efficiency of the encoding procedure, measured by the ratio JH(X)/N.

102
DIGITAL COMMUNICATIONS
The variable-length encoding (Huffman) algorithm described in the above
examples generates a prefix code having an R that satisfies (3-3-9). However,
instead of encoding on a symbol-by-symbolbasis, a more efficientprocedure is t

Now :
2
d(jv)
E (Y ) = j d(jv) |
= n 2
jn
v=0
(1 j2v 2)n/2+1
dv =
dv
2
4
2
d (jv) = 2n (n/2 + 1) E Y 2 = (jv) |v=0 = n(n + 2) 2
d 2
dv 2
2 n/2+2
dv
(1 j2v )
The variance is 2 = E (Y 2 ) [E (Y )]2 = 2n 4
For the non-central chi-square with n degrees of fre

~
TABLE J.J.l
DIGITAL
COMMUNICATIONS
VARIABLE-LENGTH
Letter
P(a)
CODES
Cede I
Code
n
Code DI
l
a,
02
QJ
a~
l
0
0
1
00
01
10
110
01
1
4
l
.
10
111
Oil
111
words. An example of such encoding is the Morse code, which dates back to the
nineteenth century. In

CHAPTER l:
SOURCE CODING
105
nonnegative and nonincreasing with k, both limits must exist. Their limiting forms can
be established by using (3-3-14) and (3-3-15) to express HHi(X) as
H,(X)=-k
1
+1
.H(X1X2X._,)
+ k + j [H(Xk \ x, x.-1) + H(Xk+1 Ix. x.)
+ .

98
DIGIT"L COMMUNICATIONS
0
flGURE 3-3-3
Construcuon of a binary tree code embedded in a full tree.
there is always a node of order k > j available to be assigned to the next code
word. Thus, we have constructed a code tree that is embedded in the full tr

CHAPTER 3:
SOURCE CODING
85
rtx, I Yi)= P(x;) and, hence, l(x;: Yi)= 0. On the other hand. when the
occurrence of the event Y :; Yi uniquely determines the occurrence of the event X =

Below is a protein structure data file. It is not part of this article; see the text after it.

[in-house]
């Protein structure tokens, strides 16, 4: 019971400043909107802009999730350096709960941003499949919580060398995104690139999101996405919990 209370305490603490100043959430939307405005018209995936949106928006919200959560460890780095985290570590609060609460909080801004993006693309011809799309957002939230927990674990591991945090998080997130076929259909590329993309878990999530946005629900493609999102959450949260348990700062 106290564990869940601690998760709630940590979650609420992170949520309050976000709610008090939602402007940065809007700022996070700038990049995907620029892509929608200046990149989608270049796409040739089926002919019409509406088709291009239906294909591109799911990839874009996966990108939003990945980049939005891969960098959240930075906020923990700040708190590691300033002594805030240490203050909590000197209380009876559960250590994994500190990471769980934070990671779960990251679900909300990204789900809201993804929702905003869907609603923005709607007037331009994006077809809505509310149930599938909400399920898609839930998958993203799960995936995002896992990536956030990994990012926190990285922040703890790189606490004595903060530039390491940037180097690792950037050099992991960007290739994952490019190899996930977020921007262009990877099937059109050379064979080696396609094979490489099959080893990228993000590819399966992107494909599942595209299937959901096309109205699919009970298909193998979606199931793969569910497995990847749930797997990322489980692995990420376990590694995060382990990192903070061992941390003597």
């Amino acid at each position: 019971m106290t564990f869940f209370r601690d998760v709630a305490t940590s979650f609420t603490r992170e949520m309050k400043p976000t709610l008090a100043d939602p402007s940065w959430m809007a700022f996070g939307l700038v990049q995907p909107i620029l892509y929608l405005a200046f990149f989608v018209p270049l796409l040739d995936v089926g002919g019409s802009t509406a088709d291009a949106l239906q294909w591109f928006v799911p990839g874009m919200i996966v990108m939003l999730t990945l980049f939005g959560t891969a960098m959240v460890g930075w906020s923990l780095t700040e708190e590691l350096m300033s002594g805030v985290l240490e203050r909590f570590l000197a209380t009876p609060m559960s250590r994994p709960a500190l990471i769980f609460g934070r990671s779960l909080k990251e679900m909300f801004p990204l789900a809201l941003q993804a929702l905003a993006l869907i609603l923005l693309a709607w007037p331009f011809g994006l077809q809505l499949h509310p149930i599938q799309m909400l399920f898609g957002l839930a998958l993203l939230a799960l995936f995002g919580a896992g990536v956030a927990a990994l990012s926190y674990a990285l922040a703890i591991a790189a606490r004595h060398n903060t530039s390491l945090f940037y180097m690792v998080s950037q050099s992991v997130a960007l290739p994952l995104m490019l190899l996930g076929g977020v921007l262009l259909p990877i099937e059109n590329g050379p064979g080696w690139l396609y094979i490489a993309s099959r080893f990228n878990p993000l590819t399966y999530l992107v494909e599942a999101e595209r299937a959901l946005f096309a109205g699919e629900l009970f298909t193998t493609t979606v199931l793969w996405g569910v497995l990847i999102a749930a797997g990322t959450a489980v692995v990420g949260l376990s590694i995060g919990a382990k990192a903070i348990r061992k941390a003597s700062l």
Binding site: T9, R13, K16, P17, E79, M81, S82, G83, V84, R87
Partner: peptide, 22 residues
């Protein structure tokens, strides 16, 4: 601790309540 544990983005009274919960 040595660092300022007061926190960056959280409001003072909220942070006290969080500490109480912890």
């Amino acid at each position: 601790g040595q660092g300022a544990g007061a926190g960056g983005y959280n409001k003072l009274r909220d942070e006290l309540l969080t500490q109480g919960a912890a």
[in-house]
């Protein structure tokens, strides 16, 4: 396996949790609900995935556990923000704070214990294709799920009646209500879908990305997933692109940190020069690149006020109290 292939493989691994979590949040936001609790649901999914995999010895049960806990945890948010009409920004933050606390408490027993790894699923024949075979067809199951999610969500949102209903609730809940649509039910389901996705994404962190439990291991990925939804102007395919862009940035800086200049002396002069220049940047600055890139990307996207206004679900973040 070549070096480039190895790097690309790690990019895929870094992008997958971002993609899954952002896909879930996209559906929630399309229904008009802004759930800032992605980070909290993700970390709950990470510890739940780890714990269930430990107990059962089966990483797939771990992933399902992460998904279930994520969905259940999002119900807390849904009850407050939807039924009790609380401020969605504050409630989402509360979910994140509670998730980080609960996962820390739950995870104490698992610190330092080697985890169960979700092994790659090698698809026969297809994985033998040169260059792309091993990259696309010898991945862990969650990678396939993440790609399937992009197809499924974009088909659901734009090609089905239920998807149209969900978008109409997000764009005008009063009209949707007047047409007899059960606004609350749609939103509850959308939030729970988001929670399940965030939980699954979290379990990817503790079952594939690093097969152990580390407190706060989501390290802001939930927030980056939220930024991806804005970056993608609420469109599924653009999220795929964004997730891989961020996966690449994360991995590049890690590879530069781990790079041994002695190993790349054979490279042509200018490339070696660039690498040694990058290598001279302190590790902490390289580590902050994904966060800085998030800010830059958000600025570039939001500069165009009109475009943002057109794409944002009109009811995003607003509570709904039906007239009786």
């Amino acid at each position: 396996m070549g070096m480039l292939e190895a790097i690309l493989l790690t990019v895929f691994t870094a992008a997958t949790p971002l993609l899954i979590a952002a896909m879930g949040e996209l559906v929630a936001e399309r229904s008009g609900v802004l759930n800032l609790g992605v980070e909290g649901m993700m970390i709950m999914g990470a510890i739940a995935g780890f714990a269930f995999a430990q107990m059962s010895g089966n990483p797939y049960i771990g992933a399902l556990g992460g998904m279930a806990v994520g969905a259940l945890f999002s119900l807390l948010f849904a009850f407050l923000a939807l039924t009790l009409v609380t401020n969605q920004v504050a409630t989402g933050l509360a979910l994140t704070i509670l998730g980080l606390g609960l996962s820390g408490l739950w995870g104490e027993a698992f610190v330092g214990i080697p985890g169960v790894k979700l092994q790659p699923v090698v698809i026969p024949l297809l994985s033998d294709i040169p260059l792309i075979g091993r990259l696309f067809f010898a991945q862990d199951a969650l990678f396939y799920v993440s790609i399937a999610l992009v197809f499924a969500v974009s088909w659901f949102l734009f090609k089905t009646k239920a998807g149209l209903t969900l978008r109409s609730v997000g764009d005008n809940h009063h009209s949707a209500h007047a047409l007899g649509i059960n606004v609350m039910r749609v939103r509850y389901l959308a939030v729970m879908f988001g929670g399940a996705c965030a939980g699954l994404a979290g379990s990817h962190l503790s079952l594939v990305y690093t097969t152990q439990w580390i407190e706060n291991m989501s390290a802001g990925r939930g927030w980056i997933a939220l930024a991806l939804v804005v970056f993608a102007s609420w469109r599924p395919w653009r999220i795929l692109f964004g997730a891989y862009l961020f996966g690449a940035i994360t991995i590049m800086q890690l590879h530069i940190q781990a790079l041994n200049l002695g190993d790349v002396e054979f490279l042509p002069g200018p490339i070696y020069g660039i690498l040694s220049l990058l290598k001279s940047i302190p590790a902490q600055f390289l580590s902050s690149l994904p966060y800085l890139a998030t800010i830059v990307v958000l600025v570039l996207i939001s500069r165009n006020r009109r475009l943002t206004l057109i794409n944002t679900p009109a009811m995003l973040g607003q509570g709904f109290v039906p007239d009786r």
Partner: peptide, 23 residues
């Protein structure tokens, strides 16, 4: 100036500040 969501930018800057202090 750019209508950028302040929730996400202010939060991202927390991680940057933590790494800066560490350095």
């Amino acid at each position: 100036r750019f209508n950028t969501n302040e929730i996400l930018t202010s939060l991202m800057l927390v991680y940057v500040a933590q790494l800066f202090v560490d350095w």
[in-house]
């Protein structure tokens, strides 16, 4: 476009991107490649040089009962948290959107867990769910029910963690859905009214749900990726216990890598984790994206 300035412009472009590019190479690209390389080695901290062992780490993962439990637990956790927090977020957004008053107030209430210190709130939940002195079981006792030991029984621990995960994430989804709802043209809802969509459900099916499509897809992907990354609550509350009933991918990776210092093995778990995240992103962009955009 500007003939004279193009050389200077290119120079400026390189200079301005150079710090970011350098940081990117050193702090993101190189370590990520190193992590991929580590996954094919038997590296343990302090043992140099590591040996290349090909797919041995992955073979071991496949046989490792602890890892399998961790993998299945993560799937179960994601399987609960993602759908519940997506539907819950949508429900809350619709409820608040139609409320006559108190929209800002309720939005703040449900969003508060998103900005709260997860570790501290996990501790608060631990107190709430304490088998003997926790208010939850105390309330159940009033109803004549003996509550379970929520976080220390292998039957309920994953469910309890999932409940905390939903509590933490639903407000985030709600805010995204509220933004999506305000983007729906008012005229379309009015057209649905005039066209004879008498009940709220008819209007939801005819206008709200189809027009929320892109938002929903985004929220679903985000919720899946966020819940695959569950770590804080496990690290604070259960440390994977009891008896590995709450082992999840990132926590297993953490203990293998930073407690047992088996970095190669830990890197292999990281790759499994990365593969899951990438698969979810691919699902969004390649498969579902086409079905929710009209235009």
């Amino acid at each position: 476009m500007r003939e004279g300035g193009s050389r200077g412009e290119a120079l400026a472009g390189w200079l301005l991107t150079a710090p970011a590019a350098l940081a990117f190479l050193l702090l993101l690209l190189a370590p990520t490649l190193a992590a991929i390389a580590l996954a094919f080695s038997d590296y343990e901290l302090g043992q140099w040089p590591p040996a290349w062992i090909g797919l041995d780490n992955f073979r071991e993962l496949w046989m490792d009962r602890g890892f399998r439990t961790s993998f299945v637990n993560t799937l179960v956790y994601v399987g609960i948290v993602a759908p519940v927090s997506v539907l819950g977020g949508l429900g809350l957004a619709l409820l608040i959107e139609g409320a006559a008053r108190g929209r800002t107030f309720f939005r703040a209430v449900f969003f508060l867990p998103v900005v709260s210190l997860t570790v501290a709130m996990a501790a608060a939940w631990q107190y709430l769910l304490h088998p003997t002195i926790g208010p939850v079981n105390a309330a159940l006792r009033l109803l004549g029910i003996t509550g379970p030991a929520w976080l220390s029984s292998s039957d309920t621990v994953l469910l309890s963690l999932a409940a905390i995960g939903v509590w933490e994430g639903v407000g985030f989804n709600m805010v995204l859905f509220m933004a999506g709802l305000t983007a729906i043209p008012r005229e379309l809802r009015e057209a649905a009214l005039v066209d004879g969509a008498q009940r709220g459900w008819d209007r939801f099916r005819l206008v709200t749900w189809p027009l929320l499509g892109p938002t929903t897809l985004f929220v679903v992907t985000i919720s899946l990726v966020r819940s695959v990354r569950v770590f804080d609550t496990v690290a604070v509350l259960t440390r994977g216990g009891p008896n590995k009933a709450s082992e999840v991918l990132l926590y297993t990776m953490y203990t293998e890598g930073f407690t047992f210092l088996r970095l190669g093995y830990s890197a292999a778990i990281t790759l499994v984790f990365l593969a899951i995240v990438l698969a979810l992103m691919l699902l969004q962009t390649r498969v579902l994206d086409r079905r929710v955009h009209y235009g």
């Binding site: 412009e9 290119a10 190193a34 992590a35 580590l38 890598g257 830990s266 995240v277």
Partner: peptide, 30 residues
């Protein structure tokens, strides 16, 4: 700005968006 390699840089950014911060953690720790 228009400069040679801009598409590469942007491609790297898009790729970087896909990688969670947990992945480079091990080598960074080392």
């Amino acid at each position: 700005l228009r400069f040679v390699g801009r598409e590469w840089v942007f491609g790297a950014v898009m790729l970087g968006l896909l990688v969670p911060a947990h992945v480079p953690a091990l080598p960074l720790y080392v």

.t;. the conditional probability in the numerator of (3-2- 1) is unity

92
DIGITAL COMMUNlCATIONS
continuous random variables, the concept of self-infonnation does not. The
problem is that a continuous random variable requires an infinite number of
binary digits to represent it exactly. Hence, its self-information is infinite

94
DIGITAL COMMUNICATIONS
per output letter from the source can be made arbitrarily close to the entropy
of the source.
3-3-1 Coding for Discrete Memoryless Sources
Suppose that a OMS produces an output letter or symbol every 'fs seconds.
Each symbol is s

Otherwise, the sum of the shifted copies of a (in (3) will overlap and aliasing will occur.
Problem 2.22 :
(a
)
( )
=
a (f )ej 2f df
j 2f
=
W
e
df
W sin
2W
By applying the result in problem 2.21, we have
d (k) = fa (kT ) sin 2W
kT
=
kT
(b) If T =
1
,

sin W 2
.Therefore, sampling X(t) at a
1
rate
W
with autocorrelation function :
1
= W samples/sec produces a white
sequence
T
sin W kT
d (k) = 1
W
=W
kT
W,
= 0
sin k
2
k
2
k=
0,
otherwise
Problem 2.23 :
Lets denote : y(t) = fk (t)fj (t).Then :
(t)f (t)dt

Problem
2.21 :
We will denote the discretetime process by the subscript d and the continuoustime (analog)
process by the subscript a. Also, f willdenote the analogfrequency and fd the discretetime
frequency.
(a
d (k)=E [X (n)X (n +k)]
=E [X (nT )X (nT +kT

F ORMULA S HEET AVAILABLE IN E XAM
The following formulae will be available in the exam:
Notation
All signals and filter coefficients are real-valued unless explicitly noted otherwise.
Unless otherwise specified, upper and lower case letters are used fo

ELCT 321 Lecture Notes
Digital Signals Processing
9/29/2016
Time & Frequency RelaCon
Get Frequency Response from h[n]
Here is FIR case
j
M
H (e ) = bk e
k =0
j k
M
= h[k ] e
j k
k =0
IMPULSE RESPONSE
Block Diagrams
Eq

ELCT 321 Lecture Notes
Digital Signals Processing
9/22/2016
Digital Filtering
x(t)
x[n]
A-to-D
y[n]
FILTER
Concentrate on Filter (DSP)
Discrete-time signals
Functions of n, the time index
Input x[n]
Output y[n]
y(t)

ELCT 321 Lecture Notes
Digital Signals Processing
9/27/2016
Example
FIR lter is rst dierence
y[n] = x[n] - x[n -1]
Write output as a convolution
Need impulse response
Then, another way to compute output
h[n]